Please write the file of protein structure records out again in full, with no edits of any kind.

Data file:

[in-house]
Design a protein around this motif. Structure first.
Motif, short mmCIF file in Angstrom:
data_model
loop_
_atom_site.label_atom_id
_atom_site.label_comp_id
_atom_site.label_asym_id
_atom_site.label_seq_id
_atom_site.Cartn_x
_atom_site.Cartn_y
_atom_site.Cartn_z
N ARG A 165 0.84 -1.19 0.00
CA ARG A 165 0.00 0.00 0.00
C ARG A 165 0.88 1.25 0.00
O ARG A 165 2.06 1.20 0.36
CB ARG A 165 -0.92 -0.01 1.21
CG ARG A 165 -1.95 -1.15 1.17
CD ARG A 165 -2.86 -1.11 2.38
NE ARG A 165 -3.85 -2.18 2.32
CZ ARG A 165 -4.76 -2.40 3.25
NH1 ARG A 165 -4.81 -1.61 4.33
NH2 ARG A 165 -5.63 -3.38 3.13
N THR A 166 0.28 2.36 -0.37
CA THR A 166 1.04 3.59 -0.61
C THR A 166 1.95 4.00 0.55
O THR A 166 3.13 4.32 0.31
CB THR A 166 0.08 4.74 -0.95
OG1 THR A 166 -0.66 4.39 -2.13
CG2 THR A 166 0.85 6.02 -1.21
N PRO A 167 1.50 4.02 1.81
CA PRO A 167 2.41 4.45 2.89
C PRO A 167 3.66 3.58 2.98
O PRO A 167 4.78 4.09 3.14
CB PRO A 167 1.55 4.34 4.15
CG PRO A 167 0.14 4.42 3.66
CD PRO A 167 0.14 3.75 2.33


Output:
[in-house]
Design a protein around this motif. Structure first.
Motif, short mmCIF file in Angstrom:
data_model
loop_
_atom_site.label_atom_id
_atom_site.label_comp_id
_atom_site.label_asym_id
_atom_site.label_seq_id
_atom_site.Cartn_x
_atom_site.Cartn_y
_atom_site.Cartn_z
N ARG A 165 0.84 -1.19 0.00
CA ARG A 165 0.00 0.00 0.00
C ARG A 165 0.88 1.25 0.00
O ARG A 165 2.06 1.20 0.36
CB ARG A 165 -0.92 -0.01 1.21
CG ARG A 165 -1.95 -1.15 1.17
CD ARG A 165 -2.86 -1.11 2.38
NE ARG A 165 -3.85 -2.18 2.32
CZ ARG A 165 -4.76 -2.40 3.25
NH1 ARG A 165 -4.81 -1.61 4.33
NH2 ARG A 165 -5.63 -3.38 3.13
N THR A 166 0.28 2.36 -0.37
CA THR A 166 1.04 3.59 -0.61
C THR A 166 1.95 4.00 0.55
O THR A 166 3.13 4.32 0.31
CB THR A 166 0.08 4.74 -0.95
OG1 THR A 166 -0.66 4.39 -2.13
CG2 THR A 166 0.85 6.02 -1.21
N PRO A 167 1.50 4.02 1.81
CA PRO A 167 2.41 4.45 2.89
C PRO A 167 3.66 3.58 2.98
O PRO A 167 4.78 4.09 3.14
CB PRO A 167 1.55 4.34 4.15
CG PRO A 167 0.14 4.42 3.66
CD PRO A 167 0.14 3.75 2.33